* Saakashvili concedes his party lost parliamentary election
* Vows to respect the will of the voters
* Opposition tycoon confident of big majority in parliament (Updates results, adds quotes, details)
By Margarita Antidze and Steve Gutterman
TBILISI, Oct 2 (Reuters) - Georgian President Mikheil Saakashvili conceded on Tuesday that his ruling party had lost an election to a coalition led by billionaire Bidzina Ivanishvili, increasing the chances of a peaceful transfer of power in the former Soviet republic.
Ivanishvili said he was confident of becoming prime minister as partial results put his six-party Georgian Dream on course to win Monday's parliamentary election.
Ivanishvili's supporters streamed through Tbilisi's streets after polls closed on Monday, waving flags and sounding car horns in celebration even though Saakashvili's United National Movement (UNM) had initially claimed victory.
"According to preliminary results, it is clear that Georgian Dream obtained a majority in this election," Saakashvili, 44, said in a televised address in which he finally conceded defeat on behalf of his party.
"This means that the parliamentary majority should set up a new government, and as president, in accordance with the constitution, I will do everything to make their work comfortable, so that the parliament can choose a chairman of the parliament as well as set up a new government."
The election could mark the first peaceful transfer of power between rival parties since the Caucasus country won independence when the Soviet Union broke up in 1991.
Any instability in the nation of 4.5 million would worry the West because it is a conduit for Caspian Sea energy supplies to Europe and has a strategic location on the Black Sea between former Soviet master Russia and Iran, Turkey and central Asia.
Saakashvili will remain president until his term expires next year but governing the country could be much more difficult as he will no longer have a compliant parliament and the prime minister is likely to be his 56-year-old rival, Ivanishvili.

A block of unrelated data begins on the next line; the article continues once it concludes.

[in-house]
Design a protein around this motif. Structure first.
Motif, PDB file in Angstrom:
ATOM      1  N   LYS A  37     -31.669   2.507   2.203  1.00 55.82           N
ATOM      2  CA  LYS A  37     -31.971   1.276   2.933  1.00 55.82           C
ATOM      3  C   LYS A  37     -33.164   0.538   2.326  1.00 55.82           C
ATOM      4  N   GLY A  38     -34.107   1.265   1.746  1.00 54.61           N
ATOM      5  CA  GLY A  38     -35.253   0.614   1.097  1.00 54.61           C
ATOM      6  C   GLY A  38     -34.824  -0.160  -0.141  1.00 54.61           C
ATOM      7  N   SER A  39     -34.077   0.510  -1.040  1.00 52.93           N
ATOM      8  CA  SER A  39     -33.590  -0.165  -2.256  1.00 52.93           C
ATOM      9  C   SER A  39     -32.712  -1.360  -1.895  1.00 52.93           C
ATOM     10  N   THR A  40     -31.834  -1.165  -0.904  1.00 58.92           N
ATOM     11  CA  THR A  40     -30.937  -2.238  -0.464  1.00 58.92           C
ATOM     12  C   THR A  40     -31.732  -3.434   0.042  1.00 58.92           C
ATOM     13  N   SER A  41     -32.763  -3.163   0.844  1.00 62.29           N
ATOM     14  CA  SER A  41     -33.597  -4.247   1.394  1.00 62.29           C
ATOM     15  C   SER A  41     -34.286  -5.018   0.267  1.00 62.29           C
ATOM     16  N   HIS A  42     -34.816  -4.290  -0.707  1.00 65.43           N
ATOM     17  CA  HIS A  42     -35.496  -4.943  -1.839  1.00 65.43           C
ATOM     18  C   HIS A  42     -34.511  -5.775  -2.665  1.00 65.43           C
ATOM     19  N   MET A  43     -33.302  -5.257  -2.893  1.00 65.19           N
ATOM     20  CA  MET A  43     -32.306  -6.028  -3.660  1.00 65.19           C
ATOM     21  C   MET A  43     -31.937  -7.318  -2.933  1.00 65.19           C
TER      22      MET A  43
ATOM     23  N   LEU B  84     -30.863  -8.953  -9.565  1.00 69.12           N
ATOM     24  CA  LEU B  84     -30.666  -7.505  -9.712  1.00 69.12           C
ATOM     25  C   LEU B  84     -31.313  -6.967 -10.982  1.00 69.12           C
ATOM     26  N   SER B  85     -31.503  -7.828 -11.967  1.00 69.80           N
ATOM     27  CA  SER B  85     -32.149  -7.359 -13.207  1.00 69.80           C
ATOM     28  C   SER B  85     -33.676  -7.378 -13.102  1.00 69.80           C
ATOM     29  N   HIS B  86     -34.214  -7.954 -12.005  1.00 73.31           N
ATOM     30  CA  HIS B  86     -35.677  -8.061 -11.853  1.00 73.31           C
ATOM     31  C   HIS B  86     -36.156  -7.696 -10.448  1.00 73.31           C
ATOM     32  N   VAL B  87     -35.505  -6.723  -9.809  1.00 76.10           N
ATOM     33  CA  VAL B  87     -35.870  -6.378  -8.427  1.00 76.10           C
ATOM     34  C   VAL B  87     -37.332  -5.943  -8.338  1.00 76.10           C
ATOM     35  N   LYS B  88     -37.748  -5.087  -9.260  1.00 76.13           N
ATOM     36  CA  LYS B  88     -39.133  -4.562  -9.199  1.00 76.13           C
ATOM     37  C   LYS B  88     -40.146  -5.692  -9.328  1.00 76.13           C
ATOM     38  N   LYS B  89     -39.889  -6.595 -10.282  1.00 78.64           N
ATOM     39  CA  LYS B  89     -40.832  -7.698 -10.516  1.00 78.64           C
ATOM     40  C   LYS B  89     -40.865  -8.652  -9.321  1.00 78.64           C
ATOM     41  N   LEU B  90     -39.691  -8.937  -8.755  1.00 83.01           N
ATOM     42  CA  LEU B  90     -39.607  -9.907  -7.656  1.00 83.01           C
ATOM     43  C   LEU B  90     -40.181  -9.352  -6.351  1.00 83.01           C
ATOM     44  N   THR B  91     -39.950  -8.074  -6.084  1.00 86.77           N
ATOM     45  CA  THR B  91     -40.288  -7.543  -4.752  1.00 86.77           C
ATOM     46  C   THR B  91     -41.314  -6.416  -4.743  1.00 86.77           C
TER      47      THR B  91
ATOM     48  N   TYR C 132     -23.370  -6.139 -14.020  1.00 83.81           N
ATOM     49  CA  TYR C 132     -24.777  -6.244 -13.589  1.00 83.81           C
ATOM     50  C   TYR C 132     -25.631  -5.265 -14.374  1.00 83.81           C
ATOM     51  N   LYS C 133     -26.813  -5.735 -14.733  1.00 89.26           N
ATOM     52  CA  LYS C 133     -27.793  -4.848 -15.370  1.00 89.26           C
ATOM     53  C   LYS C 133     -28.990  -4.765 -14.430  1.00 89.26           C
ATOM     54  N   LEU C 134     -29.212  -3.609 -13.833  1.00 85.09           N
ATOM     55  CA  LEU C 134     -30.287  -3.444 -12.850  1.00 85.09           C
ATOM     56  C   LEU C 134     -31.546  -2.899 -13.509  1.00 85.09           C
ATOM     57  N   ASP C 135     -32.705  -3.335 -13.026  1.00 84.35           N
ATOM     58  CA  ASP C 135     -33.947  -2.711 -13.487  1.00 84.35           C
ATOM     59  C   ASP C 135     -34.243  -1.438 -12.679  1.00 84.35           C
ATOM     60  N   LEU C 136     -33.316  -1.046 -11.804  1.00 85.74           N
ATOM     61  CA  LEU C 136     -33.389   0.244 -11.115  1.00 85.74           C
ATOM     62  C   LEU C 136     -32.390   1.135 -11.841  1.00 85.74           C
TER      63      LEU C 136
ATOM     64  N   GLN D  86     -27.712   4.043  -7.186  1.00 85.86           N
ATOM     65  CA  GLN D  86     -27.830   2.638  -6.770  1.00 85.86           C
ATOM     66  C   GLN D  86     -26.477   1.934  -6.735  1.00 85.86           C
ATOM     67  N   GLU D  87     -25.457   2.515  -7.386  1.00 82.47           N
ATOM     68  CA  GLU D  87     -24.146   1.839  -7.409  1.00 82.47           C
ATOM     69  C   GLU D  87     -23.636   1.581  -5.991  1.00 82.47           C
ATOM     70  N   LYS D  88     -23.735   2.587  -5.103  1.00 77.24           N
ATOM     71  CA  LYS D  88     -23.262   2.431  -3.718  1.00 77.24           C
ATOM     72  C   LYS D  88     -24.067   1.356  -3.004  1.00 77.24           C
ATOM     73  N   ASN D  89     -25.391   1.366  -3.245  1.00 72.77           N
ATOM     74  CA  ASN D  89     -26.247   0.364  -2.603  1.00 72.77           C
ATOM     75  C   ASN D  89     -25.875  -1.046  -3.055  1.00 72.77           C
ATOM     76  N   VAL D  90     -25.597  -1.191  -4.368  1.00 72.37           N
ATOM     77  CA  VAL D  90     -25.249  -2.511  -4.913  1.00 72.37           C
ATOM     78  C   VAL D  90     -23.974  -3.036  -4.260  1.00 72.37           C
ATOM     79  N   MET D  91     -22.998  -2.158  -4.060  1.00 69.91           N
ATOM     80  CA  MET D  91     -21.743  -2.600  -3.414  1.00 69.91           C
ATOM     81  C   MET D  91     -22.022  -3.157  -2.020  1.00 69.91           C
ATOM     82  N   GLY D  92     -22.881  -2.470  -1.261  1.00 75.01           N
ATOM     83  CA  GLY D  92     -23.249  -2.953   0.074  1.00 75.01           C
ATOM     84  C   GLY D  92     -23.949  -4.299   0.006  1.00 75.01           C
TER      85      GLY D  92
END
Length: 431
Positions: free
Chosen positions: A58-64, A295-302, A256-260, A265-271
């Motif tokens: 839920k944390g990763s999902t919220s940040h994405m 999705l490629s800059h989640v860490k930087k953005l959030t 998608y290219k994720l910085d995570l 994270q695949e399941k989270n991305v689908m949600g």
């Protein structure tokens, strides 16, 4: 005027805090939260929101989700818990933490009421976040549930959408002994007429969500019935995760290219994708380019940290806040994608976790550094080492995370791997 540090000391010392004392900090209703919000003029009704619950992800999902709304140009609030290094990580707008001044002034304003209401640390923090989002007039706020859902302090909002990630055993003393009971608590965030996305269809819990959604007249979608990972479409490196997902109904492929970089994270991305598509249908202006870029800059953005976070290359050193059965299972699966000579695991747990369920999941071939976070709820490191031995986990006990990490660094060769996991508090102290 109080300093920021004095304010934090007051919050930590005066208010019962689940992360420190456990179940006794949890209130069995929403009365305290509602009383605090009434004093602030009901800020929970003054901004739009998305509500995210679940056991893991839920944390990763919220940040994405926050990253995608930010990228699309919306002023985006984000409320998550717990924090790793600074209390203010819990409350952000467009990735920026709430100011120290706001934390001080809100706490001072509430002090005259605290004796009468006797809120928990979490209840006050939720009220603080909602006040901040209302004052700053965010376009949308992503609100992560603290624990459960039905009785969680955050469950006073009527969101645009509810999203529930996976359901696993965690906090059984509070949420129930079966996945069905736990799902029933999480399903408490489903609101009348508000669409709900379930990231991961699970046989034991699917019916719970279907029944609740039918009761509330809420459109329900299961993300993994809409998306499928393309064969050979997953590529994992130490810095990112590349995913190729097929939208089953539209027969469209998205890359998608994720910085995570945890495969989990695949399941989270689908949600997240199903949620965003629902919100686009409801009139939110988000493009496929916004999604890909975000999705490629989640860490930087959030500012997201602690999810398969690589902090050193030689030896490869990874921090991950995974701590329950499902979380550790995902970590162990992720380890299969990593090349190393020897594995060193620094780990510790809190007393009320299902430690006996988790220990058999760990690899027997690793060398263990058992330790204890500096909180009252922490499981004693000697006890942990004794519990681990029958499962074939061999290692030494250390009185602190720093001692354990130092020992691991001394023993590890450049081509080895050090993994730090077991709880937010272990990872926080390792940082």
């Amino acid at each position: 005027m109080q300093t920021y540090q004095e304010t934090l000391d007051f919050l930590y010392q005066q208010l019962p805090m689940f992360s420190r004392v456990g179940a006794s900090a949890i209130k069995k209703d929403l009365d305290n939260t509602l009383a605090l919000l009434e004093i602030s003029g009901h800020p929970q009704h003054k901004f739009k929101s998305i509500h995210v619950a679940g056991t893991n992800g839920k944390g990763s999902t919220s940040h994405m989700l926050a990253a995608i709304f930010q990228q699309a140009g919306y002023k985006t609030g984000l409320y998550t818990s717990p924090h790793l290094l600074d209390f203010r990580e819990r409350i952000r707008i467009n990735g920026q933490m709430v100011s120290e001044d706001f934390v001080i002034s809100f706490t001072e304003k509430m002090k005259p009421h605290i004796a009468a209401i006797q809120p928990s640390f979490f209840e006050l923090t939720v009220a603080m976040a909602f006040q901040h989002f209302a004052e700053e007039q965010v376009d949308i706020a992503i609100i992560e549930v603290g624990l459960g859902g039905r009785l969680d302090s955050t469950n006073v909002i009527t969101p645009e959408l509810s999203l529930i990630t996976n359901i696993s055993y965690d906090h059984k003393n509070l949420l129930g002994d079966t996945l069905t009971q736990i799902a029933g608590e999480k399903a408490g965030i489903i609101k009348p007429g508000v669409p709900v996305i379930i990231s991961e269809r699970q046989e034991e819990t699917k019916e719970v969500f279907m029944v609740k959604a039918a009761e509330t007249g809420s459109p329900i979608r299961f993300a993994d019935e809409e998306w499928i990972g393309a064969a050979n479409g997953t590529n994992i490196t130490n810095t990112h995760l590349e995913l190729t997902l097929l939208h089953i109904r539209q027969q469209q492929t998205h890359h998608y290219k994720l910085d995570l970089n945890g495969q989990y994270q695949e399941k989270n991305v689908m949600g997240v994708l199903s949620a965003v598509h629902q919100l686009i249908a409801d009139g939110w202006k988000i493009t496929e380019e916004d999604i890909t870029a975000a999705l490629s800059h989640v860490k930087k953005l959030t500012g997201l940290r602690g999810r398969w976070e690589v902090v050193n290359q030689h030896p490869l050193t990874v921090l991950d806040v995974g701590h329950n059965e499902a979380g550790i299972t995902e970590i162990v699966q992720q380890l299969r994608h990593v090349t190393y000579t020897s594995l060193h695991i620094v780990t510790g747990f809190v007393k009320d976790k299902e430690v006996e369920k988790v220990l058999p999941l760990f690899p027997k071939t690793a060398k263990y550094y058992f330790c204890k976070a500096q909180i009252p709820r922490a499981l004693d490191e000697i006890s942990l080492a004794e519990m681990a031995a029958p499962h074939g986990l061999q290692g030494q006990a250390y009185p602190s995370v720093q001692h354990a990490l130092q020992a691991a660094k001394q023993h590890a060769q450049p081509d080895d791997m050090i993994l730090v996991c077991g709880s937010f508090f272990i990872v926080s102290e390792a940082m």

The U.S.-educated Saakashvili won praise for curbing corruption and implementing economic reforms, but he led Georgia into a disastrous five-day war with Russia over two breakaway regions in 2008. Opponents say he has monopolised power, mistreated opponents and trampled on rights and freedoms.
Saakashvili says the Georgian Dream coalition would move Georgia away from the West and back into Moscow's orbit, and has suggested Ivanishvili is doing the bidding of the Kremlin after making his money in Russia.
Ivanishvili denies this and accuses Saakashvili of raising the spectre of Russia to avoid addressing internal problems.
The UNM had said after the first exit polls were released on Monday that it thought it would cling to power, but its hopes faded as the official results trickled in.
"My political plan is very simple," Ivanishvili said in televised comments. "When our victory is officially confirmed, I hope ... parliament will approve me as a prime minister."
Under reforms that take effect after a presidential election next year, the authority of the head of state will be weakened and more power will go to parliament and the prime minister, who will become the most powerful executive official.
Ivanishvili, who has little experience in politics after giving up his business career only a year ago, set out plans he would pursue as prime minister, saying a balanced budget would be a priority.
He said the diverse six-party Georgian Dream might split up into as many as three factions in parliament but that "we all have a common vision on all the main issues".
Georgian Dream's strong showing was an indictment of Saakashvili, who was first elected in 2004 after the Rose Revolution - street protests over alleged fraud in a parliamentary election - toppled the post-Soviet old guard.
"I expected this result. Justice has finally been restored," I believe that Bidzina will make our lives better," said Nino Kantaria, 42, walking on Freedom Square in Tbilisi. "This is not a time for protests, it is a time for celebration." (Additional reporting by Nino Ivanishvili; Writing by Steve Gutterman, Editing by Timothy Heritage and David stamp)